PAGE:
The “Fifth Switzerland” helped to drive the green trend
Post-election analysis clearly shows that the “Fifth Switzerland” voted strongly in favour of the Greens in the 2019 National Council elections. On the other hand, they had little say in the Council of States’ elections.
Unprecedented gains by the green parties, more women, more left-leaning and slightly younger: this was how the “Review” summed up the National Council elections held on 20 October 2019. Since then run-off votes have taken place to complete the composition of the smaller chamber, the Council of States. Here we see a similar result: it is not more left-leaning but instead far greener, contains more women, and is younger. Female politicians including the two 31-year-olds Lisa Mazzone (GE, Greens) and Johanna Gapany (FR, FDP) as well as 35-year-old Céline Vara (NE, Greens) have brought down the average age.
The deciding ballots of the Council of States were a rather unsatisfactory affair for the “Fifth Switzerland”. The lack of e-voting was particularly noticeable because the documents for the run-offs were sent out at extremely short notice. Many Swiss Abroad were unable to take part as a result. The voters of the “Fifth Switzerland” had more influence on the National Council voting: they strengthened the political turnaround. A quarter of the votes from abroad went to the Greens.
This means that the green vote of the “Fifth Switzerland” was far greater than that of domestic voters. Voting behaviour could not be fully analysed because the votes cast by Swiss Abroad are not noted separately by all the cantons. However, the figures from the densely populated cantons present a clear picture. For example, in Zurich, the most densely populated canton by far, voters from the “Fifth Switzerland” amplified the green trend considerably. The Greens and the Green Liberals (GLP) received a joint percentage share of votes from abroad of almost 38 per cent. At the same time, the two large pole parties, SVP and SP, were relegated to positions two and three (see table on voting behaviour in the Canton of Zurich).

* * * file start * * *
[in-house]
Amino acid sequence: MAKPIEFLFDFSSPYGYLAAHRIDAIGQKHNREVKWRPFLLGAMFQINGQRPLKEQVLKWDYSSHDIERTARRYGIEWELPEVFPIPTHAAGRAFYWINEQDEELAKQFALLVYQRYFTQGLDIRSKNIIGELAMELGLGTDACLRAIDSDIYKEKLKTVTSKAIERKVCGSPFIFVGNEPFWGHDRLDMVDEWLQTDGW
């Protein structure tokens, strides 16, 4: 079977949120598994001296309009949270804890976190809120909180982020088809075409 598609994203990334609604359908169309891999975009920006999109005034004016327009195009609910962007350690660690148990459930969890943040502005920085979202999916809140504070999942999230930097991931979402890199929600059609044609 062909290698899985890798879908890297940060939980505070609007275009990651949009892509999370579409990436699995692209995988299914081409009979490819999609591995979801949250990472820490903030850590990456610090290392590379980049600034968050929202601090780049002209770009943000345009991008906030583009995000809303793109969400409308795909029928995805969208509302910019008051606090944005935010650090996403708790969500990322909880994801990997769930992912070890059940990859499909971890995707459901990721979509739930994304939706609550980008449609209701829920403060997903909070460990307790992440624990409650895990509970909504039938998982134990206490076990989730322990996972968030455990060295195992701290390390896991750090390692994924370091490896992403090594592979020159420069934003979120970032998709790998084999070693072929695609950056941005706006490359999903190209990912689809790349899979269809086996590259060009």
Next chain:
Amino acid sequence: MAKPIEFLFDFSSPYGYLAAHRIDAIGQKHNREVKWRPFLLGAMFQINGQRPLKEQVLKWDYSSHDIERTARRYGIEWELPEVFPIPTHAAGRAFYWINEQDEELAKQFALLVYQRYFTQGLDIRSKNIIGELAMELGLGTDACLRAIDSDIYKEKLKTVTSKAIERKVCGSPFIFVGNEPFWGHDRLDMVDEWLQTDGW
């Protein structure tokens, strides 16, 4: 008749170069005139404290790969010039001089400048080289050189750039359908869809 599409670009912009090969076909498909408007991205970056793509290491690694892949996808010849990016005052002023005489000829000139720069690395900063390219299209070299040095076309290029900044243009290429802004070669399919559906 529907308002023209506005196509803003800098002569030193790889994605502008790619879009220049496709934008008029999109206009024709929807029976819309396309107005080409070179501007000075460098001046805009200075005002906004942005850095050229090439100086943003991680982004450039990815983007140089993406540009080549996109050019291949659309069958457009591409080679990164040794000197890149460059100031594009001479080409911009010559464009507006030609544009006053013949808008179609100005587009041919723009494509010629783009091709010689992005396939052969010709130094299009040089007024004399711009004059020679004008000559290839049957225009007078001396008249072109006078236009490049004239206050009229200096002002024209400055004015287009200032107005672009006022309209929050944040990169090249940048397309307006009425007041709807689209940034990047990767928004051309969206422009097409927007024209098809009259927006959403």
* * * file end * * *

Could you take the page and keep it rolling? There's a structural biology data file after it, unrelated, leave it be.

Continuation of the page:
The pattern repeats itself in a number of cantons in German-speaking Switzerland. The Swiss Abroad’s support of the Greens was above-average, also in cantons that predominantly voted conservatively, such as the canton of Aargau. Overall, the Greens improved their share of the vote in Aargau to 9.8 %. On the other hand, the percentage of green votes from abroad was 21.7 %. (See table on voting behaviour in the canton of Aargau).
There is an obvious explanation for the strong support given to the green parties by voters living abroad. Climate change is by far the most international topic and from the perspective of the “Fifth Switzerland”, it is easier to relate to than the domestic Swiss dispute on pension reforms or similar.
French-speaking Switzerland voted greener than ever before this year: in Geneva and Neuchâtel, the Greens and the Green Liberals more than doubled their voter percentage. The Greens achieved the same in the canton of Jura and – to a lesser extent – in Valais as well. The Greens also gained considerable ground in Vaud. However, in the western Swiss cantons, the voting behaviour of the Swiss Abroad generally deviated less markedly from that of the domestic Swiss. Geneva serves as an example of this trend (see table on voting behaviour in the Canton of Geneva).
At the time of going to press, it was not clear what the outcome would be of the bolstered Greens’ demand for a seat in the national government. We will provide the results of the Federal Council elections on 11 December in the next “Review”.
Data research collaboration: Stefanie Mathys-Zerfass